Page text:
If you thought the United States has become massively divided over the coronavirus pandemic, you should take a look at Brazil, where the situation is even worse. This week, Brazil’s far-right President Jair Bolsonaro was formally accused of crimes against humanity by a group of Brazilian senators who asserted he intentionally allowed thousands of people to die from Covid-19.
To many Brazilians, fascism is not some distant memory of years gone by.
Additionally, The New York Times reported that a roughly 1,200-page report by 11 senators — seven of whom are Bolsonaro’s political opponents — initially said it would seek a “mass homicide” charge against the first-term president, who is considered by many to be one of the world’s most vocal Covid deniers, but that charge was dropped from the final report.
Clearly politically motivated, the report is just the latest attempt to hold Bolsonaro accountable for a pandemic in Brazil that has seen close to 22 million coronavirus cases, more than 600,000 deaths and a vaccination rate that still hovers around 50 percent.
But, taking a page from the Donald Trump playbook, Brazil’s president has been all-in on what has become an apparently effective strategy for modern-day authoritarians.
Last week, Bolsonaro said he didn’t want to be “bored” by questions about Brazil’s death toll — the highest in Latin America and the second-highest in the world, right behind the U.S. His popularity continues to decline, suggesting his positions about masks (he doesn’t want them), vaccines (he’s not their biggest advocate) and hydroxychloroquine (he supported it after testing positive for Covid) aren’t winning over the hearts and minds of many Brazilians.
He also isn’t winning over Brazilians when it comes to issues that will play into his re-election hopes next year. Inflation is high, jobs are scarce and people are hungry.
“Data shows that 116 million Brazilians live without full and permanent access to food and of these, 19 million go hungry on a daily basis,” Latino Rebels contributor Raphael Tsavkko Garcia wrote Oct. 5. “This sad reality ends up being left aside, hidden but also exacerbated by the political crisis ravaging the country.”
This political crisis has seen pro-Bolsonaro supporters call for a military coup in a country that witnessed a brutal 21-year military dictatorship from 1964 to 1985, an era Bolsonaro has publicly supported. To many Brazilians, fascism is not some distant memory of years gone by. It was active less than 40 years ago, and Bolsonaro is a direct link to a time that Brazil’s right wing still recalls fondly.
This is why the political battle to end Bolsonaro’s reach is a serious matter for those who never want to revisit the country’s tragic past. So will the 1,200-page report accusing Bolsonaro of crimes against humanity be what finally causes his downfall?
The answer is no.
As expected, in a politically divisive universe where it is easy to stick with your side and denounce the other, Bolsonaro will survive the fallout, just like he did when calls for his impeachment began during the pandemic.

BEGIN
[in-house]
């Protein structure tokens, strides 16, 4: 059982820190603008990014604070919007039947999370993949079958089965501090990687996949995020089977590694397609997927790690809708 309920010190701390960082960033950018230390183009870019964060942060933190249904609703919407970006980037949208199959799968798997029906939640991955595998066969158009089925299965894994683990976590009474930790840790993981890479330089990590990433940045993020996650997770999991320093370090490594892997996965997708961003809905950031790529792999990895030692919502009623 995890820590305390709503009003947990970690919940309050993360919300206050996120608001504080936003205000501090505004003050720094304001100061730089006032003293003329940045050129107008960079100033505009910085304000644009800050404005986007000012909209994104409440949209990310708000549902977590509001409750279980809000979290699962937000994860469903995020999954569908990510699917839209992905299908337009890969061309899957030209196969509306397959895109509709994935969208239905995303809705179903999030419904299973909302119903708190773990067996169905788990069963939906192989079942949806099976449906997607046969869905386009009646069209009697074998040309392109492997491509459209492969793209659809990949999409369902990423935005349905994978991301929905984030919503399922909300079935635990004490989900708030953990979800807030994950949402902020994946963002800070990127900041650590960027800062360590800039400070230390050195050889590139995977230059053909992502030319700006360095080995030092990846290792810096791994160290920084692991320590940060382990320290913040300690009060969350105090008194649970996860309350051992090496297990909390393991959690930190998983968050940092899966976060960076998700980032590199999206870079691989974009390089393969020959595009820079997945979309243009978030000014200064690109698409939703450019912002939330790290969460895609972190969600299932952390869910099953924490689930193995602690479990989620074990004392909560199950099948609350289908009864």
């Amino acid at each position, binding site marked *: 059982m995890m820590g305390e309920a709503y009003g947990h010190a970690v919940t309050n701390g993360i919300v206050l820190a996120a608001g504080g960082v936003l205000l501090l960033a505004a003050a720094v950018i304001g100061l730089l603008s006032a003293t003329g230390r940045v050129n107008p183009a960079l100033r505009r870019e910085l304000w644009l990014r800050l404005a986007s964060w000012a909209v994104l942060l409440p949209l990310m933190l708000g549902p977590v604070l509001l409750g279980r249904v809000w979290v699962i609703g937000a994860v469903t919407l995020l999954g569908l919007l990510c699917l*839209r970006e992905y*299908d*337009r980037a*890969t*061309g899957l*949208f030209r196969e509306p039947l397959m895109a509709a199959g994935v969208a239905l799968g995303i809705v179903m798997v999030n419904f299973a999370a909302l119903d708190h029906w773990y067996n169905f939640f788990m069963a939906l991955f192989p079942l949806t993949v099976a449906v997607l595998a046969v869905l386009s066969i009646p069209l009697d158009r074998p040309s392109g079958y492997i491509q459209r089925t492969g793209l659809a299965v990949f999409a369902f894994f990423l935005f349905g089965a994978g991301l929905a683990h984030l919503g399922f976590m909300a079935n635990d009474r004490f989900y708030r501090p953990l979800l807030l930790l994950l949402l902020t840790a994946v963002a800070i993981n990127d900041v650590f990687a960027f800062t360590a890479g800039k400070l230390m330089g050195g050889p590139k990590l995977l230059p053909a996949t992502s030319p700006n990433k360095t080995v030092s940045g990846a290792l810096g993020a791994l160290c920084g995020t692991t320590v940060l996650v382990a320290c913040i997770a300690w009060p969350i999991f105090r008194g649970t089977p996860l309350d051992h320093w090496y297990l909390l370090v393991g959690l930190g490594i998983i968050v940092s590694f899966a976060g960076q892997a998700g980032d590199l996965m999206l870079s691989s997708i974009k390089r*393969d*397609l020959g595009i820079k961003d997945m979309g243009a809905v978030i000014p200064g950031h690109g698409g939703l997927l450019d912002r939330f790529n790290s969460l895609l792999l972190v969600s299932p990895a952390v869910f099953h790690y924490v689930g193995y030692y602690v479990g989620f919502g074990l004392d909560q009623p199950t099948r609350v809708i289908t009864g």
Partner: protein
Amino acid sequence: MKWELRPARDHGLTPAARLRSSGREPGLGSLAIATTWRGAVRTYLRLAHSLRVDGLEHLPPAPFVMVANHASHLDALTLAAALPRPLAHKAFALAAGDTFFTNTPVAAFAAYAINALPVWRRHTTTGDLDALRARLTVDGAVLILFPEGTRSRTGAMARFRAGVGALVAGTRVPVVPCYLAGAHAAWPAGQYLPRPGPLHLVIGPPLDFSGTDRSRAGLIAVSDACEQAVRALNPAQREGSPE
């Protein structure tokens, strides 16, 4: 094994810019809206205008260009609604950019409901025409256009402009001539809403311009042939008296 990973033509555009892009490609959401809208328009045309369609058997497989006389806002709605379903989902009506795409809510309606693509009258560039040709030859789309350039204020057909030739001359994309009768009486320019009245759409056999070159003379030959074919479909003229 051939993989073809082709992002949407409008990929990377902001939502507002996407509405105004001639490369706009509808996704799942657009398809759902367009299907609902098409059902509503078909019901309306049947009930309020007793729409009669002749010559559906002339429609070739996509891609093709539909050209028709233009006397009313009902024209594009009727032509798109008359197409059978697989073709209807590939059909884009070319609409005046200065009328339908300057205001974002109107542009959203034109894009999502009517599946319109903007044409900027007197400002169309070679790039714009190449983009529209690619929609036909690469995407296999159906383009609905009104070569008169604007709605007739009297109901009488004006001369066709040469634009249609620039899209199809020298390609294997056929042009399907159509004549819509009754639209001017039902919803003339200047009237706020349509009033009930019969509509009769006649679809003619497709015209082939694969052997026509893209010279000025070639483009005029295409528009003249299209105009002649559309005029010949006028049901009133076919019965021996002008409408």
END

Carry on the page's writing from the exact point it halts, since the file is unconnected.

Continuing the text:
Bolsonaro, a former army captain, won the 2018 presidential election in spite of his candidacy. Before he became president, Brazil’s left wing ruled the country for 13 of the previous 15 years. Bolsonaro was a byproduct of Dilma Rousseff’s 2016 impeachment and Luiz Inácio Lula da Silva’s 19-month sentence on a corruption conviction, plus the right-wing campaign to destroy the left. It was easy to run on an “anti-communist” platform when those on the left provided you with political capital and acceptance.
You think Trump has used social media for disinformation? Bolsonaro made it an art.
And like Trump (although some would say he is way more dangerous than Trump ever was), once Bolsonaro was in power, he made sure he kept following the authoritarian textbook: degrade your opponents, lie if you have to, show no mercy and when you are in trouble — like Bolsonaro is now — begin to claim that your re-election bid is already being hijacked and the Big Brazilian Election Steal will be happening in 2022. You think Trump has used social media for disinformation? Bolsonaro made it an art.
What makes this more dangerous for Brazil is that, unlike Trump, Bolsonaro has the support of the country’s military. It’s not far-fetched to predict that if Bolsonaro does lose next year, he will be calling on his supporters to “save democracy” and “protect Brazil from communism.” This a country that has already been ruled by the military for more than two decades.
Still there are moments when, for all the macho anti-Covid bluster Bolsonaro keeps spouting, his presidency can be almost comical. Take, for example, last month in New York City, when Bolsonaro attended the United Nations summit and had to eat pizza on the street with his health minister because of the city’s vaccine mandates. His health minister, Bolsonaro’s fourth since the pandemic started, tested positive for Covid right after.
Even with moments like these, Bolsonaro’s political opponents are fully aware that the current president of Brazil is not a laughing matter. The report out this week confirms that. (Bolsonaro has denied any wrongdoing and had mocked the report’s findings in advance.)
So far, there is no indication that Brazil and the rest of the world will see less of Bolsonaro. In fact, they will likely see more of him, and in the middle of a pandemic that has led to more than 600,000 dead Brazilians, he will keep fighting for his survival, no matter the means, no matter the methods.
Will it lead to another dictatorship in Brazil? There’s no need; the dictatorship is already there. No 1,200-page report will stop it.